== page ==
The author’s heart for sharing her faith in Jesus overflowed into having Priscilla share her faith with the reporter who came to write an article about Gabe’s business. I appreciated the clear, concise message of God’s forgiveness, shared in a relatable and non-preachy manner.
His Pretend Amish Bride is a fun book for those who enjoy Amish fiction with a bit of mystery and romance.
More from Rachel
A few years ago, I passed Amish camel farm in Bird-in-Hand, PA. As an author, seeing anything new or different always piques my interest, so I went for a visit. Not only did I explore the farm and store, I bought camel’s milk to drink. I think it’s important to do in-depth research for the settings and information I include in my Amish novels.
I was fascinated to discover camels usually bond to one milker, only give a little milk each day, and are extremely expensive to buy. All of those are reasons why camel’s milk is so expensive. It costs $15 for a pint. Much pricier than cow’s milk.
And if you’re wondering how camel’s milk tastes, the best way I can think of to describe it is a slightly salty version of powdered milk. It’s more watery than cow’s milk.
Because I grew up drinking powdered milk during my early childhood years when we lived in Africa, I’d always vowed never again to drink it once we moved back to the United States. A vow I’ve kept. That was never a problem living in Pennsylvania, where there’s plenty of farmland, cow, and Amish, of course.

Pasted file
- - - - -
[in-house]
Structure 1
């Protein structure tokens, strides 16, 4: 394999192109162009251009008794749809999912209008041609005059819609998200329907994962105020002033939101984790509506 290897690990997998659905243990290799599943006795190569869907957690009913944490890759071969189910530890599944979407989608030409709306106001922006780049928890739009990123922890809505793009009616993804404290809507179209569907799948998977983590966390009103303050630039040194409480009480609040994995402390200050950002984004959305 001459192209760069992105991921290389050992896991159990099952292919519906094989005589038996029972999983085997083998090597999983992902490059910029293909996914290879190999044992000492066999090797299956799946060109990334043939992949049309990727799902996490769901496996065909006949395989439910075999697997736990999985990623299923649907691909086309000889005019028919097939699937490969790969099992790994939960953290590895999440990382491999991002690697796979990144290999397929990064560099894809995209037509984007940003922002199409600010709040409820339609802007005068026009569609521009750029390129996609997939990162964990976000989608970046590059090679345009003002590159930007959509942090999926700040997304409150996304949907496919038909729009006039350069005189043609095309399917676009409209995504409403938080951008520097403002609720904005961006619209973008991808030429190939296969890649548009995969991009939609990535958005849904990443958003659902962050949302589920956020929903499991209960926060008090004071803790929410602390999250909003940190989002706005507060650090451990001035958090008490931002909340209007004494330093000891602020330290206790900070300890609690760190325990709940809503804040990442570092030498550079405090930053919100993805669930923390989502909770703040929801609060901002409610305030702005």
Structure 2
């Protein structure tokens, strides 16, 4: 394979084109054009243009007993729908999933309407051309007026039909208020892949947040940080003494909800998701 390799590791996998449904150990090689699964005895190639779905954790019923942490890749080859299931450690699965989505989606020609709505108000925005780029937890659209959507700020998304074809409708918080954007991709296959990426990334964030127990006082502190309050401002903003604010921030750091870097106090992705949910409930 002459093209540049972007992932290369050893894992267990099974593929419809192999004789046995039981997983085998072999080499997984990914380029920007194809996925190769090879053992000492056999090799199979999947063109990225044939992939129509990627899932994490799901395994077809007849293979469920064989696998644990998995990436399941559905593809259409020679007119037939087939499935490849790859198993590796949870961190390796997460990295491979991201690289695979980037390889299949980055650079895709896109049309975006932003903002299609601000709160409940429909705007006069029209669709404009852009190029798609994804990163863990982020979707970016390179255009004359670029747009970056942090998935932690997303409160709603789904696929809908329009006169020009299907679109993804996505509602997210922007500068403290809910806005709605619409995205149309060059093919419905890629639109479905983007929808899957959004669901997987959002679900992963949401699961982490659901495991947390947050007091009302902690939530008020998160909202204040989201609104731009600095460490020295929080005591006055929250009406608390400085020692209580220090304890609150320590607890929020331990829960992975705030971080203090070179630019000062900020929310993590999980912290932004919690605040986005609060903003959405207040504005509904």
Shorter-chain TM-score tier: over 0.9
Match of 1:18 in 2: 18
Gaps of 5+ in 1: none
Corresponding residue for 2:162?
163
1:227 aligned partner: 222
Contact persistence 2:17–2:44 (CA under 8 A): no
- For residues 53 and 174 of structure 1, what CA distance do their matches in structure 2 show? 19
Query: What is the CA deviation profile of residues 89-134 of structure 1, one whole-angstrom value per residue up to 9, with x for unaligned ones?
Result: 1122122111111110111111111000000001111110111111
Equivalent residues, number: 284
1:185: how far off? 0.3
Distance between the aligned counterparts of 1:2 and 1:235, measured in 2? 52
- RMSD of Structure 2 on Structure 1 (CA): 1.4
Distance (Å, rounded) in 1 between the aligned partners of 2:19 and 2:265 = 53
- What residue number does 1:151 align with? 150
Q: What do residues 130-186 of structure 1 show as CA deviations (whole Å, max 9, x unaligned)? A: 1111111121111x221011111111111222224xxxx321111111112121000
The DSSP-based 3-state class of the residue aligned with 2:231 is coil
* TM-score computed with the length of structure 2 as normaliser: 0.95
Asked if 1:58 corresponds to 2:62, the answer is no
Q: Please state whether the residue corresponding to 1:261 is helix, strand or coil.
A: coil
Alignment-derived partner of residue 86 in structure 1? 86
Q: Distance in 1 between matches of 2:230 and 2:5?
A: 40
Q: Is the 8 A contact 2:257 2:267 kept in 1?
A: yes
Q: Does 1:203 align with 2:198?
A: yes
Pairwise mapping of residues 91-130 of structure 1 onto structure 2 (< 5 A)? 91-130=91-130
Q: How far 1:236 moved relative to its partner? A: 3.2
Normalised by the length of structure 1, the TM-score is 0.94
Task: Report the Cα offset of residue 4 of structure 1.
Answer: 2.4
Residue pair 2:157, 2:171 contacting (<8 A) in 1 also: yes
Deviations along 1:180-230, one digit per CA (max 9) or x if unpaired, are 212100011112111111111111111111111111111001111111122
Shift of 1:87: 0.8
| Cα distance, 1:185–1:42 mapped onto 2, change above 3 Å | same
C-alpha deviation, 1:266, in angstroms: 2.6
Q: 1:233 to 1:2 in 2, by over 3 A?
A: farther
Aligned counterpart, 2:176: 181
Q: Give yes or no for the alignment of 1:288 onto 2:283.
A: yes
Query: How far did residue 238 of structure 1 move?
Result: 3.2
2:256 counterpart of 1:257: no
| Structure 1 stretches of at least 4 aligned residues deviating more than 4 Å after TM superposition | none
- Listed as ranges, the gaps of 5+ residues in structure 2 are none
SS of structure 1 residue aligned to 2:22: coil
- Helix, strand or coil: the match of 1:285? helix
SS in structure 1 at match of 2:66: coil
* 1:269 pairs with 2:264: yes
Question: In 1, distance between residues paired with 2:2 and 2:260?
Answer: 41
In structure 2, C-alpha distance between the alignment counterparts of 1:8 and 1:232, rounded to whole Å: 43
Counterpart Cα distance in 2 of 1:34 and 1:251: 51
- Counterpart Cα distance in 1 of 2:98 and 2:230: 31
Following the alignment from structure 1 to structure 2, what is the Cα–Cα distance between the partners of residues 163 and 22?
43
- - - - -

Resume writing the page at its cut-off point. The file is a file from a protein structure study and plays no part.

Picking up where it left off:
The camel’s milk was enough like powdered milk to make me gag. But because I want to be sure my books are authentic, I drank it. So, readers, now you know how much a I care about you.
My concern for you also extends to more than just getting factual information correct. I pray for each and every one of you as I write my stories. I hope that they will touch your heart and bring you closer to God.
Through the Lens of Scripture, June 29
The Avid Reader, June 29
Among the Reads, June 30
Debbie’s Dusty Deliberations, June 30
Texas Book-aholic, July 1
Blogging With Carol, July 1
Inklings and notions, July 2
Batya’s Bits, July 2
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Little Homeschool on the Prairie, July 3
Splashes of Joy, July 4
reviewingbooksplusmore, July 4
For Him and My Family, July 5
Books, Life, and Christ, July 5
For the Love of Literature, July 6
Abba’s Prayer Warrior Princess, July 6
deb’s Book Review, July 7
Blossoms and Blessings, July 7
Older & Smarter?, July 8
Jeanette’s Thoughts, July 8
Reading Is My SuperPower, July 9
Bigreadersite, July 9
Locks, Hooks and Books, July 10
Maureen’s Musings, July 10
Pause for Tales, July 11
Lighthouse Academy Blog, July 11 (Guest Review from Marilyn Ridgway)
Artistic Nobody, July 12 (Guest Review from Donna Cline)
Vicky Sluiter, July 12
To celebrate her tour, Rachel is giving away the grand prize package of an autographed copy of the book and $25 Amazon gift card!!
Be sure to comment on the blog stops for nine extra entries into the giveaway! Click the link below to enter.